In Central Asia’s mountains, heritage and folklore show a centuries-old respect for the most elusive—and ecologically vulnerable—of the vast region’s wild predators: Panthera uncia, the snow leopard. In August delegates from 12 countries met at the Second International Snow Leopard and Ecosystem Forum in Bishkek, Kyrgyzstan, to advance increasingly successful collaborations in government, education, wildlife management and law enforcement.
Of six men who set out from Denmark in 1761, disease took five; only Carsten Niebuhr—mapmaker and empathic observer—returned, and he published what became a foundation of European scientific knowledge of Arabia.
The eighth most-studied language in US schools and universities today is Arabic. That would please Edward E. Salisbury of Yale, who in 1841 became the country’s first full professor of Semitic languages—nearly 200 years after North America’s first Arabic class was offered at Harvard.
Welcome to FirstLook, which kicked off in the November/December 2015 print edition. We start in Fez, Morocco, as blue dusk settles in minutes after maghrib, or the sunset call to prayer. Find all FirstLook images amid others @aramcoworld on Instagram, as well as on our Facebook page.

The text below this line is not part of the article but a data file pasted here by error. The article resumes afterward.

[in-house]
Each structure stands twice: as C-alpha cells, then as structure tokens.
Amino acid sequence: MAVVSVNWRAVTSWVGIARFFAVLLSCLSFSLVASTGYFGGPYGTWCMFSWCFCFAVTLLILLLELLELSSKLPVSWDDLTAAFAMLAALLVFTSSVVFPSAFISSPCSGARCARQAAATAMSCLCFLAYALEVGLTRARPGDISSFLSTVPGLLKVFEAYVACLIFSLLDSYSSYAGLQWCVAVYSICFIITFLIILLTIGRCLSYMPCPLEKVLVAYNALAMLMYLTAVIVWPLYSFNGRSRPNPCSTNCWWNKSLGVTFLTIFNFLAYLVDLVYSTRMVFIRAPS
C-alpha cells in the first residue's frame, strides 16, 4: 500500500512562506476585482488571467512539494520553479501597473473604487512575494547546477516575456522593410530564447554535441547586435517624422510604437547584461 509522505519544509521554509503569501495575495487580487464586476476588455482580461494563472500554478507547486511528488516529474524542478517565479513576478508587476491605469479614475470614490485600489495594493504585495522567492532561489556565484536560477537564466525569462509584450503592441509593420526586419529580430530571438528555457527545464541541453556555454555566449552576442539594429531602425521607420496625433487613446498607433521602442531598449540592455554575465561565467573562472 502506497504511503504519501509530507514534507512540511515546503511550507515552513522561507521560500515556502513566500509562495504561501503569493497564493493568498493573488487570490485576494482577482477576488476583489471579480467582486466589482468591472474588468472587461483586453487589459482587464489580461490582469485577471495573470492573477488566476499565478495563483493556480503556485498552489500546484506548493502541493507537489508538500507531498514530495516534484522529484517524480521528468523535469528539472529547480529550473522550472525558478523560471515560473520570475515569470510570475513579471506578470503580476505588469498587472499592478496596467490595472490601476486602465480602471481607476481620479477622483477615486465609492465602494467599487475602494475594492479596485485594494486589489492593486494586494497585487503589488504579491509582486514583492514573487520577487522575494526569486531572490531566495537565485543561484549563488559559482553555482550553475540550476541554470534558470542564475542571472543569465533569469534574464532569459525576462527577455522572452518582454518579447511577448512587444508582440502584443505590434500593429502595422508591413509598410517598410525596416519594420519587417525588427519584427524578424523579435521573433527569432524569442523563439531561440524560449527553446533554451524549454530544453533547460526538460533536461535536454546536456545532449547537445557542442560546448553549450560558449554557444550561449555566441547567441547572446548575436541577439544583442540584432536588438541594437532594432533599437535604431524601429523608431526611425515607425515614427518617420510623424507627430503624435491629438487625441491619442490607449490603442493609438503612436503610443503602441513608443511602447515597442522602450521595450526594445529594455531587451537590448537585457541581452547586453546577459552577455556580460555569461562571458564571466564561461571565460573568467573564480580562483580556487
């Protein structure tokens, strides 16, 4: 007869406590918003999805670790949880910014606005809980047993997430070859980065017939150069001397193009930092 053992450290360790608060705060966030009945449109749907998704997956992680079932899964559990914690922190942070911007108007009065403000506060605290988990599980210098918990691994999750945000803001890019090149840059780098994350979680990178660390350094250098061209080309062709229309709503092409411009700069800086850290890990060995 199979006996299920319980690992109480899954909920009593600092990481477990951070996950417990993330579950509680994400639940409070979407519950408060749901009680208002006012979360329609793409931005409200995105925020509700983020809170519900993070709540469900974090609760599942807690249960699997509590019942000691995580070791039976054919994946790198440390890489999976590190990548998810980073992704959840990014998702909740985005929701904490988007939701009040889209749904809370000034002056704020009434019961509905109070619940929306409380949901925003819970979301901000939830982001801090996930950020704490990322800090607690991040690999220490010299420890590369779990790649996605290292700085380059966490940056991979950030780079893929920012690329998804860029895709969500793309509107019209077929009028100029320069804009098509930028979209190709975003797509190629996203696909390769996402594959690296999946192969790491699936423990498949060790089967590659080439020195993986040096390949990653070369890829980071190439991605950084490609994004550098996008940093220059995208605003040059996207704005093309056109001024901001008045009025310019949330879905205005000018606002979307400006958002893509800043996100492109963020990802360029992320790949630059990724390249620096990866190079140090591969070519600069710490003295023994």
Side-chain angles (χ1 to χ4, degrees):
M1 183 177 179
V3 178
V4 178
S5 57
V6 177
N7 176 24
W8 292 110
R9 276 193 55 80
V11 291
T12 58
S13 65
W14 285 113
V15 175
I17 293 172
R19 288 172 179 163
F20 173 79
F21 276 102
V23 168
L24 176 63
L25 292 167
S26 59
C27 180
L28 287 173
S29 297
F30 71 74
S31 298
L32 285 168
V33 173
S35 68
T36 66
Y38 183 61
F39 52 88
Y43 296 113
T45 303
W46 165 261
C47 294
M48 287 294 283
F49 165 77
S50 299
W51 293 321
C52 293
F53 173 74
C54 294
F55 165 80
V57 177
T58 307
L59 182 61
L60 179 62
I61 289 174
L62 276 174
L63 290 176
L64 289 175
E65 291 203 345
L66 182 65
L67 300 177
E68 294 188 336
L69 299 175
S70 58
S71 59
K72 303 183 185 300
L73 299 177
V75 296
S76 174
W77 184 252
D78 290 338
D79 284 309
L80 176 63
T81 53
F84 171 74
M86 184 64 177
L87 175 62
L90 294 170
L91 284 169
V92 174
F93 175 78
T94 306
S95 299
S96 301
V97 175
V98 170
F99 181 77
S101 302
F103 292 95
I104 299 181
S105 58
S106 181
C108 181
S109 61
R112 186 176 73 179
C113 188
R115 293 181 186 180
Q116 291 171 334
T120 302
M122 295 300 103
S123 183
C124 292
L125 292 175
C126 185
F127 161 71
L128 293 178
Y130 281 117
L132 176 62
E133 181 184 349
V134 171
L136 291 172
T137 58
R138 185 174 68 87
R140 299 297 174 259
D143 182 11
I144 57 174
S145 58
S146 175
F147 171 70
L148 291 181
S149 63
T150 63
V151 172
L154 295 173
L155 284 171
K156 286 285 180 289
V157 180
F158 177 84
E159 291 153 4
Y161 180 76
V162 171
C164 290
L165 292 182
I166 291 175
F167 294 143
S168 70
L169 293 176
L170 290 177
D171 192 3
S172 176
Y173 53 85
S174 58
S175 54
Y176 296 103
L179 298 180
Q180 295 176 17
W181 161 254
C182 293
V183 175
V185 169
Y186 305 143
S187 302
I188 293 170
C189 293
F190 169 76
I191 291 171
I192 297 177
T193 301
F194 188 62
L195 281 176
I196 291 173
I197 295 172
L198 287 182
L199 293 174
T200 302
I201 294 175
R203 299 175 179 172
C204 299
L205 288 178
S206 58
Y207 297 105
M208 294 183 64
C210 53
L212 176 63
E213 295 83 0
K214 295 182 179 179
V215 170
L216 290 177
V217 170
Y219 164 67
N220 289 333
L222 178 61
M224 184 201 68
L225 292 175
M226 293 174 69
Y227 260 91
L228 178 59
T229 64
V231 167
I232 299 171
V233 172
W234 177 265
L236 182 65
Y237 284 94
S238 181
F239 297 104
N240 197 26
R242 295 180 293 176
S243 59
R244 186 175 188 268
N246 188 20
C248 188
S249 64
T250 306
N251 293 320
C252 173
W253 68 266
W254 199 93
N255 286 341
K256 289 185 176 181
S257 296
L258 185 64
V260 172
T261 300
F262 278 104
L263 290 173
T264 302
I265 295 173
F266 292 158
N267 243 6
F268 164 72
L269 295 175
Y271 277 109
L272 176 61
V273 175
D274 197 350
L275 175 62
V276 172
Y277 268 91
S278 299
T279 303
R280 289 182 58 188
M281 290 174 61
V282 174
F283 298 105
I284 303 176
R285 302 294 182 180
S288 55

Braving sniper bullets, Mustafa Jahi and friends carried the historic volumes of the Gazi Husrev-beg Library from one hiding place to another throughout the three-year Siege of Sarajevo. Last year, the library found a new, permanent haven—close to where it was founded nearly 500 years ago.
Three kilometers offshore from Tartus, Syria, lies Arwad, the sole island along the Eastern Mediterranean coast, a tiny rocky fastness with an outsize history.
Founded in 641 CE as Egypt’s first Islamic capital, Fustat was much like the modern Cairo it helped give rise to: polyglot, multi-confessional and, in its time, prosperous.
One born destitute, the other to opulence, two malikas, or queens in Arabic, open our six-part series on some of the most notable historic women leaders in Muslim lands.
Verbs are words that describe actions. But not all verbs are created equal. Analyzing writing that uses strong verbs can help you understand why you particularly like – or dislike – something that you read.
Heroes don’t always wear capes or use superpowers. Often, ordinary people become heroes when an extraordinary situation demands extraordinary action.
This article offers glimpses not only into the city that came before what is today the Middle East’s largest city, but also into how to construct a museum exhibit.
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